Archive for April, 2021

CSKA Moscow Women v Yenisey Women, Sunday 18th April 2021, 2pm

April 27, 2021

I’d had the Oktyabr Stadium on my list for a while but none of the games there had fallen on a day when I was free to attend. The new season of the Women’s Supreme League has recently kicked off though and this gave me an opportunity for a Sunday visit.

Jen and I arrived at the gate a minute or two before kick-off having been distracted by a youth game on the auxiliary pitch next door and then by a bloke playing in a five-a side game with his small kids and their friends and who lost his mind over a kid who instead of shooting from the pass he had made to him, dummied it to allow someone else to take the shot.

Angry Dad berated all involved then stomped off to the outer fence and flung his gloves to the floor. I was sorely tempted to stay and watch the remainder of that game rather than head into the real match.

The lure of the game in the main stadium won out though and we made our way to the entrance gate where we were given free tickets, presumably to keep track of the extent of the attendance, and then underwent the usual temperature check, scan and pat-down.

Only one side of the stadium was in use and there were only alternate blocks of seating open. We ignored the first block which had around forty CSKA fans stood singing, skipped the next block which was taped off and settled for seats towards the back of the third block in.

The game was being televised and so there were cameras around the pitch and one at the top of the stand near to us. We also had a stills photographer with an enormous camera mounted on a five-foot long pole to our left. I normally feel as if I’m going over the top with my bridge camera but on this occasion I fitted right in.

Oktyabr stadium looked fairly old. I can’t say much more than that as I tried to find a bit of info online but couldn’t. All the metal railings looked as if they were from the forties or fifties and the running track around the pitch might have been something that Alf Tupper would have “run ‘em” on. There may have been terracing on the opposite side to us at one time but these days it is overgrown with weeds.

The team in white opened the scoring in the first half. I’d assumed that they were Yenisey, with CSKA in red, but I’d got it the wrong way around and it was the hosts that had taken the lead.

It was still one-nil at half-time and we went for a wander outside so that I could take a photo of the main stand. We then popped into a café where the woman behind the counter was adamant that they had no sugar for the coffee. I don’t use it myself but I can’t imagine that any place serving hot drinks would last long with that sort of approach.

Second half we got a bit of light drizzle and it was a lot colder than I’d anticipated. It was hard to estimate the crowd but I’d have thought that there were maybe two hundred or so braving the conditions.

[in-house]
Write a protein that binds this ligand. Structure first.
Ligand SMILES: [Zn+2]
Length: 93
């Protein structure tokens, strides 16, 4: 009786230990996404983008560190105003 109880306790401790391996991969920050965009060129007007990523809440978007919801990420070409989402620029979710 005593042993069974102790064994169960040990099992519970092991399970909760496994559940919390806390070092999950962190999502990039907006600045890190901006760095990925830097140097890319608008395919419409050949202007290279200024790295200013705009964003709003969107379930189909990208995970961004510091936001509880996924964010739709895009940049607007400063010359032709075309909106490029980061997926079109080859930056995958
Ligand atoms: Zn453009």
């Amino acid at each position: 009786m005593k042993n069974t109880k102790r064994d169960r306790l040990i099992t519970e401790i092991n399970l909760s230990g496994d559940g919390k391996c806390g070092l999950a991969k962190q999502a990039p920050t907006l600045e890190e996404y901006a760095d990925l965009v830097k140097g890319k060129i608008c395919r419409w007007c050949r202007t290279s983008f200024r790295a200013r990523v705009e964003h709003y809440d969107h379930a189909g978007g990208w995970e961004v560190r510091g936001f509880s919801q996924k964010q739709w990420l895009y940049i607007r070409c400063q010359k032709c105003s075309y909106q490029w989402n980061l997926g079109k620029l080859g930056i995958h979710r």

CKSA doubled their lead in the second half with a clever little dink from one of their strikers. She was only around eight yards out but managed to strand the Yenisey goalie by getting the ball up and down again from close range.

There was an added treat on the way out as we stumbled across people sword fighting. There looked to be more fancy flourishes than serious stabbing attempts but it was worth pausing to watch.

The win for CSKA maintained their early season unbeaten run and kept them at the top of the four-game long league. Yenisey remained mid-table despite the loss.

CSKA Moscow U19 v Lokomotiv 2 U19, Sunday 18th April 2021, 1.15pm

April 21, 2021

This was another bonus ground hopping game, my second in the past fortnight. Jen and I had turned up at Oktyabr Stadium for a CSKA Moscow women’s fixture and I’d spotted a match going on at the pitch next to the main ground. It’s great when something like that happens. An additional ground on the list with no more effort other than strolling around to the gate and passing through the unmanned and unplugged metal detector.

The game was twenty odd minutes into the first half and a youth team game between CSKA and Lokomotiv 2. I’m guessing that the 2 meant Lokomotiv’s second-string team and I’m also guessing that it was Lokomotiv Moscow. Not that it really matters.

The home side were dressed up as Barcelona with the visitors in white. There were fans down one side of the ground, some in a small stand, others leaning up against the perimeter fence. I imagine most had a family connection to someone on the pitch.

We only stayed for around ten minutes as I wanted to maximise our chances of getting into the main stadium for the next game. CSKA had mentioned online that capacity was limited due to covid and that latecomers might miss out. Nevertheless, the visit still counts and it took the total of different grounds where I’ve attended a match to three hundred and fifty-six.

Arsenal Tula v Krasnodar, Sunday 11th April 2021, 2pm

April 18, 2021

In the time that I’ve been out here I’ve limited my games to the Moscow area but this weekend there was a game in Tula which is about two and a quarter hours away if you take a reasonably speedy train. I’d booked rail tickets online for about a tenner each way and rocked up at Kurskaya station with around half an hour to spare.

It’s as well that I did leave plenty of time as the official checking everyone’s documents wouldn’t let me board. When she realized that we didn’t have a common language she summoned a colleague.  He was able to explain that my ticket didn’t show my passport number and so he would have to scan the photo page and issue a supplement. Two quid and a receipt later they waved me on to the train.

My carriage was full with the mask wearing contingent comprising of around half of the occupants. I’ve been vaccinated so I’m not too concerned but I doubt many of my fellow travellers had gotten around to having their jabs yet.

It took a while to pass through the suburbs and I spent the first hour looking at lockups, garages and industrial units. There was the usual crap graffiti that seems compulsory next to railway lines and more stray dogs than I’ve seen elsewhere in the whole time I’ve been in Moscow.

As we moved further out of the city there were occasional villages, one with a cemetery that must have been a mile long. The wooden crosses at the new end were almost all accompanied by flowers whilst the older graves were partly hidden within a wood. I suppose they gradually blend in until they are absorbed back into the undergrowth.